To identify genes in key positions in the network, we ranked all the nodes in the network according to the following network measures: degree, betweenness centrality, closeness centrality and clustering coefficient. We then verified the robustness of this ranking by adding noise to the network in the form of addition or removal of extra edges, and re-calculating the ranking of every node after each iteration (Figure S3H–K) [75]. All network measures were calculated using NetworkX [74].

Visualization and phenotypic relationships.

Networks were visualized using Cytoscape, including layouts, and displays of node and edge properties. Linear correlations were calculated in Igor Pro 6. Besides betweenness centrality (Figure 2D), we did not detect significant correlations between phenotype and network parameters, such as closeness centrality (which measures how many edges separate an ILP from all the other ILPs in the network), or between phenotype and clustering coefficient (which measures the amount of local interconnections), suggesting that these parameters are less crucial to ILP function (Figures S3D to S3G).

Modularity Analysis

Modularity of the ILP-to-phenotype and the mRNA-to-ILP matrices were estimated by rearranging the rows and columns of the matrix to find highly interconnected groups and then assessing matrix-wide the ratio of the number of inside to outside group connections. We used the adaptive BRIM (Bipartite Recursively Induced Modules) algorithm [49], [76], which is a heuristic method, implemented in MATLAB [49], [76] to maximize a bipartite modularity value Q. This Q value is dependent on modularity of the matrix; by definition, a perfectly modular matrix is comprised of clusters of completely isolated groups (), and modularity declines as the number of cross-group connections increases (). Because the modularity calculation is based on a stochastic algorithm that produced different matrix arrangement each time the algorithm is run, we performed the calculation 30 times and took the average of the modularity. The average modularity value of ILP-to-phenotype matrix is (highly reproducible) and that of mRNA-to-ILP is To evaluate the statistical significance of the modularity, we utilized two null models. The first model is a Bernoulli random null model in which the null matrix has the same total number of interactions as the original matrix, albeit randomly positioned. The second is a probabilistic degree null model in which each interaction in null model is assigned a probability. The ILP-to-phenotype and mRNA-to-ILP matrices are significantly different against the Bernoulli random null model (p<0.001 in both cases); however, when compared against the probabilistic degree null model, which is a stronger statistical test, the p-values of both matrices are greater than 0.05. These results suggest that both matrices are weakly modular.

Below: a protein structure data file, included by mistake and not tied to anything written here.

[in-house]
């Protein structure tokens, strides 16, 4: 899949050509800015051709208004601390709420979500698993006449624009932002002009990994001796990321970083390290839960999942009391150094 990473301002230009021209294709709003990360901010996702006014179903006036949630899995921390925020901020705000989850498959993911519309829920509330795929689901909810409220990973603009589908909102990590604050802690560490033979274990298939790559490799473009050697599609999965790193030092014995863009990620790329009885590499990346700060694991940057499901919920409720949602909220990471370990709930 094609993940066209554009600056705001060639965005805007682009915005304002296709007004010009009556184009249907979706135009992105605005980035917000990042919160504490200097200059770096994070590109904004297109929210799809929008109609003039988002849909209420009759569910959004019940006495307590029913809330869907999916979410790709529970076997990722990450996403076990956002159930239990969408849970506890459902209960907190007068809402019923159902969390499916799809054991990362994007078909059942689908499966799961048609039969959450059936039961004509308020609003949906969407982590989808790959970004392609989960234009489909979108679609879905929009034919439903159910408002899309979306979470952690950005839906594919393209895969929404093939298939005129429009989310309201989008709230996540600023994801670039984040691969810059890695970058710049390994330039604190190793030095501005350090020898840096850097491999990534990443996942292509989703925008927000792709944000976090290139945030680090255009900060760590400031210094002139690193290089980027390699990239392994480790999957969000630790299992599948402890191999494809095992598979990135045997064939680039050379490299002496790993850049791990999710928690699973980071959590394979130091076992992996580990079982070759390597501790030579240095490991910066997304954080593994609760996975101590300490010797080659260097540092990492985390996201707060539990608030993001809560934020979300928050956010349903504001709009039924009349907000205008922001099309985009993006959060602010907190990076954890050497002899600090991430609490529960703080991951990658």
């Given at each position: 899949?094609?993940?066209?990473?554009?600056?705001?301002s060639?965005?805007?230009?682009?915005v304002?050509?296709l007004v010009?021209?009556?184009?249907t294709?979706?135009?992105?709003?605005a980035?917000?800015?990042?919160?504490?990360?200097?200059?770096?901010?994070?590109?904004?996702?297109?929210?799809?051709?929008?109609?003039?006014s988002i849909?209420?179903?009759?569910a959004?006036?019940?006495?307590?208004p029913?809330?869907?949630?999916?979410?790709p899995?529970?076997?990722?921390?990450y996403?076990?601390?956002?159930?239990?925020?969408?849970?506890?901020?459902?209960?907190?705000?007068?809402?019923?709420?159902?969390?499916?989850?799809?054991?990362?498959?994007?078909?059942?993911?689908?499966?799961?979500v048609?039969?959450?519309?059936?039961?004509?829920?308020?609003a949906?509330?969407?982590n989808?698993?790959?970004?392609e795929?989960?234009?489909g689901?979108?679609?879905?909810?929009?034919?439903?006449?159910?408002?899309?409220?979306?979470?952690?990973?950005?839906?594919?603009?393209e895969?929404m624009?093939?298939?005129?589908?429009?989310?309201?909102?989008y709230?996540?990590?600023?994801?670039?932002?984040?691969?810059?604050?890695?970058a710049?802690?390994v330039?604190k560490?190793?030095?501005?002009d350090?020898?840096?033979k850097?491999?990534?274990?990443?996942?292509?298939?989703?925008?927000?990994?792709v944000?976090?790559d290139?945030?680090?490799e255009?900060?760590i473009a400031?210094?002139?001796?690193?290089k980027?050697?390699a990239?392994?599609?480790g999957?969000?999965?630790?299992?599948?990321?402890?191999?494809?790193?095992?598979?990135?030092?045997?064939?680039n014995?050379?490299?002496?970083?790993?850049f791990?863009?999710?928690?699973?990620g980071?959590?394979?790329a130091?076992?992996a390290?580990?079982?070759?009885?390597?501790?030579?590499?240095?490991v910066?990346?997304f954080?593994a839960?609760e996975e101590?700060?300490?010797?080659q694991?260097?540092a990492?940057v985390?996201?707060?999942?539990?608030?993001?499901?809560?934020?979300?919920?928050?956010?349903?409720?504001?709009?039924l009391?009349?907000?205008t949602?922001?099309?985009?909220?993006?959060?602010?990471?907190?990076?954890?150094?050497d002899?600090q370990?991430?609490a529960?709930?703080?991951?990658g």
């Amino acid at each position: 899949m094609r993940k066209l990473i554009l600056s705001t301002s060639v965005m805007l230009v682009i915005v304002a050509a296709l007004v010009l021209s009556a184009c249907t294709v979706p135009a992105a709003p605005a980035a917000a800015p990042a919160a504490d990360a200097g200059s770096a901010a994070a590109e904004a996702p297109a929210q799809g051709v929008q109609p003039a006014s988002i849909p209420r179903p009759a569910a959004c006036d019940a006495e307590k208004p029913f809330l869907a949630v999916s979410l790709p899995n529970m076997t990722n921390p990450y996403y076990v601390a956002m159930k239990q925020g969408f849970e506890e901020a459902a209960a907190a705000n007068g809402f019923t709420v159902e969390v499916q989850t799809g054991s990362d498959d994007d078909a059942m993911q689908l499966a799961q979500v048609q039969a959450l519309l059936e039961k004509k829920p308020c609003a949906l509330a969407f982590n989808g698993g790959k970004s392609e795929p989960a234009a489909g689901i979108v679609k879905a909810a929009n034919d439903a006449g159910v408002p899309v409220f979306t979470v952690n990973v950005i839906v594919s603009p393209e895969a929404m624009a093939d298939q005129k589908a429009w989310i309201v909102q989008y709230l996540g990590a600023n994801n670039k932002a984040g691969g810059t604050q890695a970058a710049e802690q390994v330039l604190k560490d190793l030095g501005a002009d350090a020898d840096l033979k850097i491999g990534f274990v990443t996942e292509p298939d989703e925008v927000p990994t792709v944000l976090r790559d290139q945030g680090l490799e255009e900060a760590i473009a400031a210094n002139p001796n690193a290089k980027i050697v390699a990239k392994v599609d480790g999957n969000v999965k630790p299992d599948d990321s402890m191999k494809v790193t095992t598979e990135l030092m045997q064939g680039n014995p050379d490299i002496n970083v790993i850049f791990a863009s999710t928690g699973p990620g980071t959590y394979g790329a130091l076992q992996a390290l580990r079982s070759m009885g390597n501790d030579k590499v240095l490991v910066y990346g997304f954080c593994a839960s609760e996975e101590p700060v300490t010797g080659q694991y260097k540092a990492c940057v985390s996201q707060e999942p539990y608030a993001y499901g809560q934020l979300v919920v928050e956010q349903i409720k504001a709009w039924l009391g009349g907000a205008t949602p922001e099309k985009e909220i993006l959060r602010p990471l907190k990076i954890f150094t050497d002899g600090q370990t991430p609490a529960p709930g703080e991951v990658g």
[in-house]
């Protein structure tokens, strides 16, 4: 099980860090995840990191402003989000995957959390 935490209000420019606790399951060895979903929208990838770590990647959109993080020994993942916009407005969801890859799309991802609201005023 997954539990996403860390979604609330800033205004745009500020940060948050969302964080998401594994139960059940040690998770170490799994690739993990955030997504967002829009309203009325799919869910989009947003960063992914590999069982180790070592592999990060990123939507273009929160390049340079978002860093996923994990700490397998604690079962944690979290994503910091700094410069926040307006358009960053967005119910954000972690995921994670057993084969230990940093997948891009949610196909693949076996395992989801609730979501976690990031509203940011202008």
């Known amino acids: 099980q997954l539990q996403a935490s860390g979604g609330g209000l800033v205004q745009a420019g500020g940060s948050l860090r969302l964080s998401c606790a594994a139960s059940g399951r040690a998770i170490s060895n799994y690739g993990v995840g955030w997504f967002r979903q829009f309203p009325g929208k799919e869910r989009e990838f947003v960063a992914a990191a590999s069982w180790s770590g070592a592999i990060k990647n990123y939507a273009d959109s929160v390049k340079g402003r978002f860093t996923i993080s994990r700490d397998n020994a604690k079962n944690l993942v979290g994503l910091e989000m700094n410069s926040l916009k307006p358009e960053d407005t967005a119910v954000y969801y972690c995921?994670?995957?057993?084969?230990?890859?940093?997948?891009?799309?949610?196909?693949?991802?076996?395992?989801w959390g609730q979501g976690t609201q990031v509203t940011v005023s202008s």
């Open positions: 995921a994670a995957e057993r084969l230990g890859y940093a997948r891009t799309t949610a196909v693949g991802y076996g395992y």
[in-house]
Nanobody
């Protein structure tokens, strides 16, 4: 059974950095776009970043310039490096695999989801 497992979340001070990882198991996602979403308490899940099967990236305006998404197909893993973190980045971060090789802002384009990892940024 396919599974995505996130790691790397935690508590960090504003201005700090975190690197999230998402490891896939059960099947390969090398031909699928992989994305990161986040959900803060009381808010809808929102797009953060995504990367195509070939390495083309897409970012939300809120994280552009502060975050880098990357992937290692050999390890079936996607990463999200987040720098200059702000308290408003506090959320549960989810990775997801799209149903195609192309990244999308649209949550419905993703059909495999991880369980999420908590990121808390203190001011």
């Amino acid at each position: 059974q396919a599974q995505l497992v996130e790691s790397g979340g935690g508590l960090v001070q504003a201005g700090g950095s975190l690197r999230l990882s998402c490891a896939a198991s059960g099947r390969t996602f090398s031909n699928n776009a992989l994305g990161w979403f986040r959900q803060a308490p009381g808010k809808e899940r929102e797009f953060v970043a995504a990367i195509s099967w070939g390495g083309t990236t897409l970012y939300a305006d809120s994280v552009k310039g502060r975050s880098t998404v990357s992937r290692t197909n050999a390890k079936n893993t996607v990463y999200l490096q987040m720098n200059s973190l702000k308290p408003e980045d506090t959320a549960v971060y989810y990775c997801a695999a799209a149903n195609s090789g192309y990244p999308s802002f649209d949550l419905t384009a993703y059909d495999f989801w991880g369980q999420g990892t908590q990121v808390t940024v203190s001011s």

Supporting Information

Figure S1.

Trial to trial variation in ILP phenotypes. The bar graphs indicate the mean magnitude of each phenotype normalized to same trial controls. The symbols within the bars represent the magnitude for each trial. Phenotypes tested were indicated in the Y-axis: (A) lifespan, (B) dauer entry, (C) dauer entry in the daf-2(e1368) background, (D) dauer entry in the daf-28(sa191) background, (E) dauer exit, (F) thermotolerance, (G) pathogen resistance, and (H) reproductive span. Bars and symbols were colored as indicated in the legend (bottom right).



Figure S2.

qPCR expression graphs. The graphs represent the fold difference expressions compared to the wild type. Statistical significant changes are highlighted in red.



Figure S3.

Network robustness and small world properties. Distributions obtained by bootstrapping analysis for (A) shortest path length, (B) clustering coefficient, and (C) small worldness based on the shortest path length and clustering coefficient. The values for the ILP network are indicated by a red vertical line in (A–C). Percentile of the ILP network compared to the random distribution is indicated for small worldness. (D–E) Rank order of the ILPs for clustering coefficient (D) and closeness (E). (F–G) Scatterplot of clustering coefficient (F) and closeness (G) versus pleiotropy as defined in Figure 2 along with P and R values for linear correlation. (H–K) The mean and standard deviation of the ranking after robustness analysis of each gene according to (H) degree, (I) betweenness centrality, (J) clustering coefficient, and (K) closeness centrality.